With all that out of the way, it’s time for the fight, and in the first round it’s a different Dane Sayers that shows up. Sako chases after Dane, lunging wildly while Dane shrugs him off. “Don’t lock hands with him, Red Horse!” Cries GSP. Every time they tie up, Sayers obeys St-Pierre and stifles the judo master. Shocking that for all his pedigree Sako isn’t imposing his will on Dane. Sayers is even getting the better of it in the clinch and only misses a few takedowns due to “Psycho” grabbing the fence.
It was a close first round, but Sayers’ offense was mostly limited to a guillotine attempt at the beginning. In the second round, Sako continues to push the pace, getting a takedown and working some good ground and pound. On their feet, it’s a lot of slow dancing only made interesting by the fact that Sayers isn’t being dumped on his head. The first round was close, and the second obviously went to Sako, but it seems more people were impressed with Dane’s effort despite Sako’s 20-18 decision win.
Afterward, Dana White doesn’t care about who the coaches want but brings them in anyway. He wants to hear which fighters are his best options for the wild card fight. Koscheck offers Stevens and Wilkinson, and while GSP agrees with Wilkinson, he offers Sayers up as a true work in progress. Dana says “I need the two best guys,” and after their closed-door huddle, DW and the two coaches make their way back into the training area to tell the fighters that they have chosen Marc Stevens and Aaron Wilkinson, rocking the faces of all the hopefuls.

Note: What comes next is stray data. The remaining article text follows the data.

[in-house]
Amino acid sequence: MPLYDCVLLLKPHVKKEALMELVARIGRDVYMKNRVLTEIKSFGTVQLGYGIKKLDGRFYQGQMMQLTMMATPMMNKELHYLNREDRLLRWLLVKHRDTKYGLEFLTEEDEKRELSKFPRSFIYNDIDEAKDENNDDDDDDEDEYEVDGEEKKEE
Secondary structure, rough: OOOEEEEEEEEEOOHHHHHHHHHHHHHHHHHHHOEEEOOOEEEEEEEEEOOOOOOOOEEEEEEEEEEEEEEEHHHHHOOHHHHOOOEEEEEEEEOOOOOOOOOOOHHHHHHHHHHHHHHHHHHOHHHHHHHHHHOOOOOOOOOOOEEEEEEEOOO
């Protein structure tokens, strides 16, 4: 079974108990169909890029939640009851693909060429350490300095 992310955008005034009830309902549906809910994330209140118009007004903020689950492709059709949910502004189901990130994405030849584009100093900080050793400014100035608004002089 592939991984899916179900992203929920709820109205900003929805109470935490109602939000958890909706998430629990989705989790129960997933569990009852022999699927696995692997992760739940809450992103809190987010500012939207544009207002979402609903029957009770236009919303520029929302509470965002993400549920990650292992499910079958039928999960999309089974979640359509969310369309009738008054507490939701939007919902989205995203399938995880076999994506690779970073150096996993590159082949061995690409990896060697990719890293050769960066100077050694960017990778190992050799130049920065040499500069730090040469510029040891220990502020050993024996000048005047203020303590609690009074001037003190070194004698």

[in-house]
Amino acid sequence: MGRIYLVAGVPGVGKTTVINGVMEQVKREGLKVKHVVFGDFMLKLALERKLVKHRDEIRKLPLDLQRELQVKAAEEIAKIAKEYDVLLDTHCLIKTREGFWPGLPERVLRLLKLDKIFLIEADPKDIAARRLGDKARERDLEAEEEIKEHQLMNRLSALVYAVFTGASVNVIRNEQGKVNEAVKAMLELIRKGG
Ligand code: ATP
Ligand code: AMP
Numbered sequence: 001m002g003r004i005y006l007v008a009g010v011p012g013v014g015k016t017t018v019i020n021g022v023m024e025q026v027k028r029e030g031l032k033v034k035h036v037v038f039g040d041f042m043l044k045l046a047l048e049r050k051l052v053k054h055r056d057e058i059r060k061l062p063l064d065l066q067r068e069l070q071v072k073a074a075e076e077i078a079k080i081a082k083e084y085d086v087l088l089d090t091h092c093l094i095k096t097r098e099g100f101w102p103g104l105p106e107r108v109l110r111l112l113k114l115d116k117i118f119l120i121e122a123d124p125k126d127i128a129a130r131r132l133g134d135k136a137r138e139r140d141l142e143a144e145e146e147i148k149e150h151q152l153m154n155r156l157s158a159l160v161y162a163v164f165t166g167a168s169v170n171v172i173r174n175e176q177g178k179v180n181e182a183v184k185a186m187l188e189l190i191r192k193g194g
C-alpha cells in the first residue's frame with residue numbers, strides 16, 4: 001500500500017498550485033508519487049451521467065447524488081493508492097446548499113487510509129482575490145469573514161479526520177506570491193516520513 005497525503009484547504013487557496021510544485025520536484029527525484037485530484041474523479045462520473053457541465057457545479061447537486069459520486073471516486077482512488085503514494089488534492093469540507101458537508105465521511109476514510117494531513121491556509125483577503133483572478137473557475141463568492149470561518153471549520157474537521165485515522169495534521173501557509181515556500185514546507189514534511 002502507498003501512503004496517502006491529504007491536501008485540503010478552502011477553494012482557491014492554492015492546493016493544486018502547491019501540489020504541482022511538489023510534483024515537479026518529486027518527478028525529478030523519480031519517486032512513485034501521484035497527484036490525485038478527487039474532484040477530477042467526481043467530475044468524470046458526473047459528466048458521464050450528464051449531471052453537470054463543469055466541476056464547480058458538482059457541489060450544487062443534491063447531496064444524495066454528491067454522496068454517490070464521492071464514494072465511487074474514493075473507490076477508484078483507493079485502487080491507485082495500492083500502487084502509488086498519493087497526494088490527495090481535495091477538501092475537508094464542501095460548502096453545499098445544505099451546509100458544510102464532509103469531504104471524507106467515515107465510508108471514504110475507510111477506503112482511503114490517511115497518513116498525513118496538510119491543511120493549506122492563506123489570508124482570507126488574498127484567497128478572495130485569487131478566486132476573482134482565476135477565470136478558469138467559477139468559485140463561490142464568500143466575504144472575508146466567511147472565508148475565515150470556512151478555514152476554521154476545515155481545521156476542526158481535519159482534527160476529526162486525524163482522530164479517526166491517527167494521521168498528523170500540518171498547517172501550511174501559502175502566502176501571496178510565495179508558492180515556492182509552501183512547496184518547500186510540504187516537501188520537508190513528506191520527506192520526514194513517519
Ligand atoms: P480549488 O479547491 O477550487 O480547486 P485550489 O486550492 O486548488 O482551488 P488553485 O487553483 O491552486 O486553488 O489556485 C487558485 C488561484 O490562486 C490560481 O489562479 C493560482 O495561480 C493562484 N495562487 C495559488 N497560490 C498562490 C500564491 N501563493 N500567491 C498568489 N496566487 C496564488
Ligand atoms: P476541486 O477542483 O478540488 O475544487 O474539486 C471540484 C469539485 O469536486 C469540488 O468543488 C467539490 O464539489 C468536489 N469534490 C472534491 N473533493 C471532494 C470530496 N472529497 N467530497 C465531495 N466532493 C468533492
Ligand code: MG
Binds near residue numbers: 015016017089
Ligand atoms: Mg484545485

Next week we see the fallout of that choice, and it appears that the beef growing between Koscheck and Team GSP medic Brad Tate will get physical. Make sure to stretch out before reading.
Episode six of “The Ultimate Fighter 12” netted 1.7 million viewers this week, a decline from last week’s 1.9 million who tuned in to watch the show. The episode earned a 1.3 household rating, also a modest decline from the previous episode’s rating on 1.34.
The show also captured a 1.71 rating in the male 18-49 demographic and a 1.94 in males aged 18-34. Both numbers are down from last week.
Episode six followed a similar trend to this season’s past installments, starting slow with a 1.14 in the first fifteen minutes and finishing strong in the last quarter hour with a 1.42.
Two fights were featured this week, as Team GSP swept both bouts and improved to 5-1 on the season. In the first contest, Cody McKenzie caught Marc Stevens in his trademark guillotine, causing Team Koscheck’s number one pick to lose consciousness early in round one. In fight two, Jonathan Brookins submitted Sevak Magakian by rear naked choke in equally impressive fashion.
Additionally, the final installment of the UFC’s three-part series hyping the UFC 121 main event between Brock Lesnar and Cain Velasquez earned an average of 1.2 million viewers, an improvement over the previous episode’s 1.1 million and the debut’s 974,000 viewers.